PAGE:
An interrupt is a signal that is sent from the hardware of an IO device to a computer to get its immediate attention. Because interrupts are handled on the hardware’s end, they decrease overhead on the software side. When a device sends an interrupt signal, the CPU is notified via some trigger and will immediately halt the task at hand. It will send the interrupt over to an interrupt handler. The interrupt handler is like a pool or queue of interrupts being sent to the CPU. Once the interrupt has been responded to, the CPU can go back to resuming its task.

As an example, consider going to the grocery store looking for bananas. We see an employee stocking a shelf and decide to ask for their help. Once we have signaled for their attention, they acknowledge us, stop their task, and walk over to help us find the item. After they have found the bananas and let us know, they return to their previous task. In this example we are an IO device, sending an interrupt (our search for bananas) to the CPU (the employee).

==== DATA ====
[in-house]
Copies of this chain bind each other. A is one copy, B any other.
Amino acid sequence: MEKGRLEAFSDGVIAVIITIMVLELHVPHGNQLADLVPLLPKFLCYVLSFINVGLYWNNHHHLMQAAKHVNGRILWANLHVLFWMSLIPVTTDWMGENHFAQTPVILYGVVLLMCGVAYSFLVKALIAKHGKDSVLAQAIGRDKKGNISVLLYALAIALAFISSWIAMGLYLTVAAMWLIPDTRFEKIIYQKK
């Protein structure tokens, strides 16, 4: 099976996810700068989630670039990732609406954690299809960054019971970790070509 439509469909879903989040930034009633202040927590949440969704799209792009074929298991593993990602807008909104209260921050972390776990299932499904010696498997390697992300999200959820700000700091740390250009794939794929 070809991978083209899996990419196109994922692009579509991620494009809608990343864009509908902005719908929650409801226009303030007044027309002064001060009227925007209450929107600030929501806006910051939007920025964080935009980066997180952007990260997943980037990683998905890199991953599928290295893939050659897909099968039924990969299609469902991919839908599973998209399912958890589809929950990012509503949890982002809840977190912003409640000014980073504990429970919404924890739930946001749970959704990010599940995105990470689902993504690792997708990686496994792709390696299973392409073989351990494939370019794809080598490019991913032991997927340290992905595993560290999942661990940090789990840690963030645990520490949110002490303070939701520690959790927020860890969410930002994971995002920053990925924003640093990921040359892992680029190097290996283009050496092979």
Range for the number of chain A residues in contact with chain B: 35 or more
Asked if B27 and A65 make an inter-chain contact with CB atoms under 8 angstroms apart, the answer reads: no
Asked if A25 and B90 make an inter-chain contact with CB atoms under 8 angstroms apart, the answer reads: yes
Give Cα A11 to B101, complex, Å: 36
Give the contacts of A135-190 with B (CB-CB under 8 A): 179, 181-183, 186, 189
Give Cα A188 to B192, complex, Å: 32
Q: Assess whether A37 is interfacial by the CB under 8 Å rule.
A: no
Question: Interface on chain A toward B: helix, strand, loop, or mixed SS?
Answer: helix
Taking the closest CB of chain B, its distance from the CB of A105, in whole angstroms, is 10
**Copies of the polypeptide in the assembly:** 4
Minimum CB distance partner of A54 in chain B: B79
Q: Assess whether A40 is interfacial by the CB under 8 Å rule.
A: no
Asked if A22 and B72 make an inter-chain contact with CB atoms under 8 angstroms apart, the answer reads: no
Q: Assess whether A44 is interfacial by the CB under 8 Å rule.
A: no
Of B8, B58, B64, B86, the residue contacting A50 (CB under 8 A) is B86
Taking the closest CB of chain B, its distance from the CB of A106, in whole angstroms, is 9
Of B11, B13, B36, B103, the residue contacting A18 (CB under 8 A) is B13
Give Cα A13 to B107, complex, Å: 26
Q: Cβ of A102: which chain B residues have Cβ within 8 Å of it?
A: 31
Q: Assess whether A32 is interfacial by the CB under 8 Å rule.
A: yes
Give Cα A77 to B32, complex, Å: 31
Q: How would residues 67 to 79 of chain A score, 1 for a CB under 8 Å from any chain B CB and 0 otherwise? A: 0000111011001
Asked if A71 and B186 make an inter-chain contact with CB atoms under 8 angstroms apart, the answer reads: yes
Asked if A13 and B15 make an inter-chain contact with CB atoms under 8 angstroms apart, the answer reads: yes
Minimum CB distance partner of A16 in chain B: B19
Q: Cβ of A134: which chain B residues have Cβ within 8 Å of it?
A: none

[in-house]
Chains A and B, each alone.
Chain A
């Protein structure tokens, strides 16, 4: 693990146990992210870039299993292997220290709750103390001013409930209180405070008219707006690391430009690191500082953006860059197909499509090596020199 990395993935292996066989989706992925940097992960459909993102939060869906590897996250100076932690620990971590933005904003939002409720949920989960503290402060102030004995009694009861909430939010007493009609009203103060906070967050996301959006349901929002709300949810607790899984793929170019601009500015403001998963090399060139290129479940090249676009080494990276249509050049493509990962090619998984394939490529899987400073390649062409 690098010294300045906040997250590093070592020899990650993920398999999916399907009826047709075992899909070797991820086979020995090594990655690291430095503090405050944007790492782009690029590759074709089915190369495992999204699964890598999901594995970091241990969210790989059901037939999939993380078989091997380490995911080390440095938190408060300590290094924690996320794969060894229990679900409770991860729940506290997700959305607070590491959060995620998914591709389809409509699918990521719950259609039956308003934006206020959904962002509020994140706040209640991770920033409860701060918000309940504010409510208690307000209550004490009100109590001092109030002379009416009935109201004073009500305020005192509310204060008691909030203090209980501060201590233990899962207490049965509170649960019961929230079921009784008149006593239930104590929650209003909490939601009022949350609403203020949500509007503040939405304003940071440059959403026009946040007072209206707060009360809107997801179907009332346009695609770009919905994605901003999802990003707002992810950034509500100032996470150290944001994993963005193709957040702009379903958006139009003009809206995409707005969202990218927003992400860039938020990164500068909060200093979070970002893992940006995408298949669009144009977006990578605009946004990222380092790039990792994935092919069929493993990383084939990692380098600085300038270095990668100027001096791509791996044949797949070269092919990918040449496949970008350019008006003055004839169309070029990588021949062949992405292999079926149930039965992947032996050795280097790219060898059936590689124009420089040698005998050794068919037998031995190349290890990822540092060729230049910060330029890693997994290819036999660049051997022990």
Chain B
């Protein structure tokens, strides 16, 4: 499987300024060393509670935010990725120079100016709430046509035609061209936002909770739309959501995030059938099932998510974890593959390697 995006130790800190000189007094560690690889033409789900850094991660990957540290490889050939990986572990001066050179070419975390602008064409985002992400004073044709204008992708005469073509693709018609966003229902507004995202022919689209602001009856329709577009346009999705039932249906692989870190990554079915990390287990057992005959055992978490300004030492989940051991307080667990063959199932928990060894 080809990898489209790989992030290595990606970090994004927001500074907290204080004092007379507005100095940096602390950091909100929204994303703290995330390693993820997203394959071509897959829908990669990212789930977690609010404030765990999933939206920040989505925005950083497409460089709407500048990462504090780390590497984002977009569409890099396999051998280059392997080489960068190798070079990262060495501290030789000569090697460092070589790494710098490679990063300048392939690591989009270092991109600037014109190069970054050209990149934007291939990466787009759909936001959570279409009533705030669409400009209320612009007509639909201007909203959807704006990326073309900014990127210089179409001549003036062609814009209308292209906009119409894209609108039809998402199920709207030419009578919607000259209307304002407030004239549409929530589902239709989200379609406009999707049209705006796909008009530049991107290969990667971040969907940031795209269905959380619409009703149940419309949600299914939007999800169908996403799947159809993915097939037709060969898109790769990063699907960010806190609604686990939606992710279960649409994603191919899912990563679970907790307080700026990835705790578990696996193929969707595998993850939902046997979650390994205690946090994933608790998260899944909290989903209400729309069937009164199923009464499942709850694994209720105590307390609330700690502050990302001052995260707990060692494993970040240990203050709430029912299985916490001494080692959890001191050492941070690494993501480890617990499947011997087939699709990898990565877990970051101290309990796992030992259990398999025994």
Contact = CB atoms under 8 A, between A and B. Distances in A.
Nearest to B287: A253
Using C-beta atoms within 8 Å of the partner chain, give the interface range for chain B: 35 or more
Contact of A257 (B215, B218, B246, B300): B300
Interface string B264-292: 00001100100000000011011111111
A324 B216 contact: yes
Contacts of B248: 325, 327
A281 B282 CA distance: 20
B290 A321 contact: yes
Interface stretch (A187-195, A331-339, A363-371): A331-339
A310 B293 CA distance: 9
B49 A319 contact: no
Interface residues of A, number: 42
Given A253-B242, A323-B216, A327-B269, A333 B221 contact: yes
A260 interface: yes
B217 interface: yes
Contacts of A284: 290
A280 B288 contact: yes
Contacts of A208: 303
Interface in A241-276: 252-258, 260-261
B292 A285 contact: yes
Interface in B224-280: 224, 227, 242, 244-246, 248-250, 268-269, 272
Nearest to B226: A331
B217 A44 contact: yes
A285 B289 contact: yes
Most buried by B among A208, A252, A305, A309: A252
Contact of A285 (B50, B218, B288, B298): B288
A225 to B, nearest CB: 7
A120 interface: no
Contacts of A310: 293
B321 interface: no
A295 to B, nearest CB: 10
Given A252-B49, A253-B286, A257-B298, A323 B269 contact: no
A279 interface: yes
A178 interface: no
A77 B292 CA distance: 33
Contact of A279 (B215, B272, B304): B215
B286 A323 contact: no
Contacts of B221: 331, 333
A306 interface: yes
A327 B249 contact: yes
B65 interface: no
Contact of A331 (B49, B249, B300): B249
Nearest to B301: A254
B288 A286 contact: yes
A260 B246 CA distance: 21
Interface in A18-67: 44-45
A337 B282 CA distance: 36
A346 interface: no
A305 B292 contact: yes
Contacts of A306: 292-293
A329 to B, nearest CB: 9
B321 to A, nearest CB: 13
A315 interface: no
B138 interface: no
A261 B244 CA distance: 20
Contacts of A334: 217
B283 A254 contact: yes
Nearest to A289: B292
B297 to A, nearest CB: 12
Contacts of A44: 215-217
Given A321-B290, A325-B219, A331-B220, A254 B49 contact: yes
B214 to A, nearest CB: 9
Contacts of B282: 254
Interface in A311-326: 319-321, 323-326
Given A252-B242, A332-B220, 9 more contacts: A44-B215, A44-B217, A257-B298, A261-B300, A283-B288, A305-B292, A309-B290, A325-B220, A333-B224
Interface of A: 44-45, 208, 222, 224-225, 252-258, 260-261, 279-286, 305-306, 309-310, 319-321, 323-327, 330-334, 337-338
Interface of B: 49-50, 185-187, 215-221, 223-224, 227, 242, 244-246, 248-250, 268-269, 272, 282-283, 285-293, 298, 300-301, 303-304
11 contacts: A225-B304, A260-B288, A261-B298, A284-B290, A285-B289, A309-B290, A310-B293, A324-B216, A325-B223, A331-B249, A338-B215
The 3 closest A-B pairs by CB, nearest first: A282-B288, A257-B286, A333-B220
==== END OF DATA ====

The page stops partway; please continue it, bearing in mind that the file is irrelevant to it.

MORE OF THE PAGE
Polling provides similar functionality to interrupts; however, it is not a hardware mechanism. Polling is a CPU protocol, in which there are regular intervals set up for the CPU to take some time to check on whether any IO device requires its attention. Just as an interrupt handler takes care of interrupt requests, the CPU is responsible for handling IO requests in polling.


The animation here provides an analogy to better understand how interrupts are processed by a CPU. Try to identify the interrupt, and make note of how it is processed through the customer’s task of buying bananas.

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